Since February, my oft-repeated motivational chant has been:
don’t give up, don’t give up, keep going, keep going*
It has been the first time in my life that I’ve felt the overwhelm of a single person with no one to pass the baton to.
I keep going.
Even when I want to say “I’m too sick to go to school today,” I keep going. Is this a definition of an adult? Being your own parent and knowing when you’re not ill and you’re simply trying to avoid something?
There is no time off for a Bodhisattva-in-training—I go to see what happens, I go to see what’s uncomfortable, I go to try to open instead of close. It really is not difficult. I have this precious, fortunate life. I have choices.
I’m tired, but I keep going.
Walking to work, I stop and look at a flower. I look at the clouds and the sky. Why are childhoods so short? I want to recapture that wonder, that optimism, that open heart.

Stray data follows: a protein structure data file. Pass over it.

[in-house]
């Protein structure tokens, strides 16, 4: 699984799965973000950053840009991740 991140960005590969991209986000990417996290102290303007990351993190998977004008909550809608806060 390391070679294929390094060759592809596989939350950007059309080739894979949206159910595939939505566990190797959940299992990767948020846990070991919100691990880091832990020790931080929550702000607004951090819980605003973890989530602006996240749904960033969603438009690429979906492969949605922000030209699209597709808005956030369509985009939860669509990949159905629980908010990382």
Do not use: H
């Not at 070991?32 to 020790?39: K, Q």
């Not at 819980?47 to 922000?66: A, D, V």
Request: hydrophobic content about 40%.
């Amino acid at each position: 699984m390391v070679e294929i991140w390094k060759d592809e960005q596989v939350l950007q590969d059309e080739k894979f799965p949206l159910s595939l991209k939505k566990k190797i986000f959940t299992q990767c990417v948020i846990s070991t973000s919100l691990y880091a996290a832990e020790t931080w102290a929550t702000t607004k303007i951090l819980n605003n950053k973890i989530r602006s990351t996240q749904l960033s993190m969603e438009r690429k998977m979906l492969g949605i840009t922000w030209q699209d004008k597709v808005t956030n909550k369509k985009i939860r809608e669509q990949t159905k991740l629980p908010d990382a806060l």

I keep going.
Walking home after work, I see a woman and man who look like they’re play-fighting. But when I get closer, the woman looks upset and I don’t know if she’s being robbed or assaulted so I run up to them. When I get there, the man has his arms around her and she is crying. I ask if she is all right. He says: she’s all right. I say: ma’am, can you tell me if you’re all right? She does, but before she does, he shouts: she’s all right, BITCH!
I keep going. I don’t give up and crawl back into my cocoon. I don’t give up and put the blinders back on.
Simpler living semi-retirement seems so far away and the to-do list is long, all while keeping my job to help fund the move. I send my first payment to the company back home who will build my tiny house.
I don’t give up.
References and related links:
- *A mash of a line from a poem by The Dalai Lama and a line from a song by Chögyam Trungpa Rinpoche that I read around the same time.
- Bodhisattva: someone who strives to wake up for the benefit of all sentient beings.